The Appearing of Christ 37 – The Order of the Resurrection II

In our last message we considered the three categories of believers who experience the resurrection: the dead in Christ, those who sleep through Jesus, and those who are alive and remain (1 Thes. 4: 14,16,17). Each of these groups shall be raised up to be made alive in Christ according to God’s progressive arrangement. For the Spirit of God bids to resurrection every believer in his own time and order.

However, it is not just believers who shall partake in the resurrection. There is also the resurrection of the unjust (Acts 24:15). Both the righteous and the unrighteous have a lot in the resurrection. One is raised to the resurrection of life and the other to the resurrection of judgment (Joh. 5:25,28). But, whether it’s to life or judgment, we should bear in mind that the resurrection is itself only possible by the power of Christ quickening Spirit. The resurrection is not a mere event, it is the person of Christ. For, He is “the resurrection and the life” (Joh. 11:25). Therefore, to experience the resurrection is to experience the impartation of Christ. The former CANNOT occur without the latter. It is also this partaking of Christ’s life that brings the inworking of judgment in the life of the unrighteous. However, this judgment is corrective and disciplinary rather than vindictive and final. His judgments are unto righteousness and not death. Thus, Isaiah writes: “When Your judgments are in the earth, the inhabitants of the world will learn righteousness” (Isa. 26:9).

With this in mind, we should recognize that in the all-embracing plan of God’s kingdom there is an order of the resurrection that culminates in God being all in all (1 Cor. 15:28). The scripture makes clear that every person, without exception, shall be made alive in Christ. Paul penned an undisputable truth when he wrote: “For as in Adam all die, even so in Christ all shall be made alive” (1 Cor. 15:22).

This is one of the most powerful declarations in God’s word and one that brings me great joy. It is a truth that should bring delight to every heart who genuinely seeks the absolute supremacy of God’s kingdom. This simple statement captures the central premise of the gospel. It depicts humanity at both its lowest and highest state while also bearing witness to the fullness of the harvest brought forth by Christ’s sacrifice. Despite this, it is a truth that is generally unknown and even forbidden by the church. In fact, the greatest opposition to this truth comes from the very institution that seeks to evangelize the world. In the most twisted of logic, many believers think that a fleeting hell and the salvation of all people strips God of His glory and lessens the work of the cross. The average Christian’s devotion to hell is not only disturbing, it’s demonic. If only the saints had the spiritual awareness to see it.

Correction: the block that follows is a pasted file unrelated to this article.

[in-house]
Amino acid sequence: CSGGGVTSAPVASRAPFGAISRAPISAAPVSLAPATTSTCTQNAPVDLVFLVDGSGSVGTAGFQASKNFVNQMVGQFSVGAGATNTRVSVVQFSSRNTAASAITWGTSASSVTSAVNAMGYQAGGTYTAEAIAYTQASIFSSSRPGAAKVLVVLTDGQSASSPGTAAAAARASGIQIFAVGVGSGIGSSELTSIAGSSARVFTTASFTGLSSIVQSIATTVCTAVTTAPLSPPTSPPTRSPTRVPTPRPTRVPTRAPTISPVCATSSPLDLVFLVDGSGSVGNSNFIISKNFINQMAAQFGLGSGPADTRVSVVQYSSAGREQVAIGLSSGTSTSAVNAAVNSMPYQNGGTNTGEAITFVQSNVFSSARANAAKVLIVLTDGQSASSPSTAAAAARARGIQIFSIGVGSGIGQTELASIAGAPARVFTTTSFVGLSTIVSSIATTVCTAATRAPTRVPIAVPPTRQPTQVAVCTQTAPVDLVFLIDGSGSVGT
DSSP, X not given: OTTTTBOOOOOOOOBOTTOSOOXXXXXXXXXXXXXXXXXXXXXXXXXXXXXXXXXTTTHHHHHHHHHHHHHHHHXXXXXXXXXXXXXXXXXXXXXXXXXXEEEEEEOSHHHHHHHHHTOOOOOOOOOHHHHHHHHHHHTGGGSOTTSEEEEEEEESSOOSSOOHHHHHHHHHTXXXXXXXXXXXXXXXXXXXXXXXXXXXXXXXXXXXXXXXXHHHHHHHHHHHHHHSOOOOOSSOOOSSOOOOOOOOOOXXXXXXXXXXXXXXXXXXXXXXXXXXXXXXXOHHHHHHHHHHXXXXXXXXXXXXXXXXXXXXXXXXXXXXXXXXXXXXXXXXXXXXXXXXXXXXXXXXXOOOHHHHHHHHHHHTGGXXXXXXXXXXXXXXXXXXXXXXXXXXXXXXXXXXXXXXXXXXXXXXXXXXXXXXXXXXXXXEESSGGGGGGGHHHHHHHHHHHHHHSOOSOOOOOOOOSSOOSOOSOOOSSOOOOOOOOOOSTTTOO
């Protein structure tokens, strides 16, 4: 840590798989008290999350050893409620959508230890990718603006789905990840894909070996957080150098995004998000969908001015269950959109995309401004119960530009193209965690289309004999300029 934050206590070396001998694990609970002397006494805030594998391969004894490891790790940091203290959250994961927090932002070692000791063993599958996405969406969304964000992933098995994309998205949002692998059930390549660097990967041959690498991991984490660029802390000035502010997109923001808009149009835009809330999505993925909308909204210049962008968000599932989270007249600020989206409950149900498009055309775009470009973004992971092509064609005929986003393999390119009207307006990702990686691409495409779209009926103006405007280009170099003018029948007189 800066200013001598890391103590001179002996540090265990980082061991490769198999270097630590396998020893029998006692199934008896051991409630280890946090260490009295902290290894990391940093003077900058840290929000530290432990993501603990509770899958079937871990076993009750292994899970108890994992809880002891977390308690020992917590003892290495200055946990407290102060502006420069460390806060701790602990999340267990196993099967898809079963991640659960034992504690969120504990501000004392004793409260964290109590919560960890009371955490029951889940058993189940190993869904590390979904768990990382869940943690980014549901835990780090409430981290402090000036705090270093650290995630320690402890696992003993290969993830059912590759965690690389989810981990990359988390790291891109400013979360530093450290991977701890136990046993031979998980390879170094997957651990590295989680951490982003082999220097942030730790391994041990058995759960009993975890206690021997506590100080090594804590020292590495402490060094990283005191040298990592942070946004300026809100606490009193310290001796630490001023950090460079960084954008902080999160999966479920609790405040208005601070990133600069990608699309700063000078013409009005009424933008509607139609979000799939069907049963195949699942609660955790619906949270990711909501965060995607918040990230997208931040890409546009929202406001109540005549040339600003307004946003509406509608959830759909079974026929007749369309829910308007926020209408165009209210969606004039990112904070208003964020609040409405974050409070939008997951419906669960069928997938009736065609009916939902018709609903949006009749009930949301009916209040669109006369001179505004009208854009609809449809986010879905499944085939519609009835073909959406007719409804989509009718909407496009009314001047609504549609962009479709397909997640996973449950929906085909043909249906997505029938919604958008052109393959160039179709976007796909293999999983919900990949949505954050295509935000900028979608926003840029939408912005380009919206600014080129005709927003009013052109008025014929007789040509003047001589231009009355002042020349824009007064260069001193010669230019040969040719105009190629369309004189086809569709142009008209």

That truth is rejected by an institution that claims to be the repository and guardian of truth is not a new phenomenon. Both the Pharisees/Sadducees of the temple and the Roman Catholic Church are examples of how tradition darkens the truth of God. But, the fountain of truth is the Spirit of Christ! It’s not organized religion, it’s not seminaries, and it’s not the pulpit of Babylon. We live in a day when truth has become conflated with popularity and pragmatism. But, the unpopularity of a truth does not make it a lie just as the popularity of a truth should not legitimize it. If you were to lose with the truth, it would still be true. If you were to be rejected, hated and banished for declaring the truth, the truth remains to be the truth.

Anyone who loves the truth must put aside their religious biases to seek the Spirit of truth with an open heart. And one such verse that demands this of every saint is 1 Corinthians 15:22-23: “for as in Adam all die, even so in Christ all shall be made alive. But each one in his own order”.

All made alive in Christ

The Spirit of God draws to resurrection all men. Just as all men were subject to corruption and mortality that came by Adam they shall also be raised up to partake of the divine life that came by Jesus Christ. This is the victorious gospel of the Kingdom that we declare. Some may argue that you can’t build a doctrine on one verse. Yet the scriptures are full of verses that reiterate this truth. In Romans 5:12-21 (I encourage you to read the whole section), Paul contrasts Adam’s offense with Christ’s gift. He concludes:

“But the free gift is not like the offense… Therefore, as through one man’s offense judgment came to all men, resulting in condemnation, even so through one Man’s righteous act the free gift came to all men, resulting in justification of life. For as by one man’s disobedience MANY were made sinners, so also by one Man’s obedience MANY will be made righteous” (Rom. 5:15,18-19 emphasis added). Verse 19 is especially problematic for those who argue that man’s lack of belief negates the justification of all men. We will revisit this point later.

Jesus said: “And I, if I am lifted up from the earth, will draw ALL PEOPLES to Myself” (Joh. 12:32). The only conditional in this statement is Christ’s death (i.e. Him being lifted up). If Christ actually died and rose again, then in His resurrection, He has drawn all people to Himself – not some, not a few, not just the Christian, not just the protestant, not just the Jew… ALL PEOPLES!

So, if this is indeed true, why don’t we yet see all people drawn to God, made righteous and alive in Christ? Paul affirms that every person is drawn to individually experience salvation in their appointed time and in their prearranged order.

Each in his own order

Let us further consider this order by which all are made alive in Christ. “For as in Adam all die, even so in Christ all shall be made alive. But each one in his own order: Christ the firstfruits, afterward those who are Christ’s at His coming. Then comes the end, when He delivers the kingdom to God the Father, when He puts an end to all rule and all authority and power. For He must reign till He has put all enemies under His feet. The last enemy that will be destroyed is death… Now when all things are made subject to Him, then the Son Himself will also be subject to Him who put all things under Him, that God may be all in all (1 Cor. 15:22-25,28).

Simply put, the order is as follows: (i) Christ the firstfruits, (ii) those who are Christ’s at His coming, and (iii) all things – all people, all authority, all rule, all enemies. Paul distinguishes three categories of people in sequential order indicating their distinction by rank, which is according to their calling.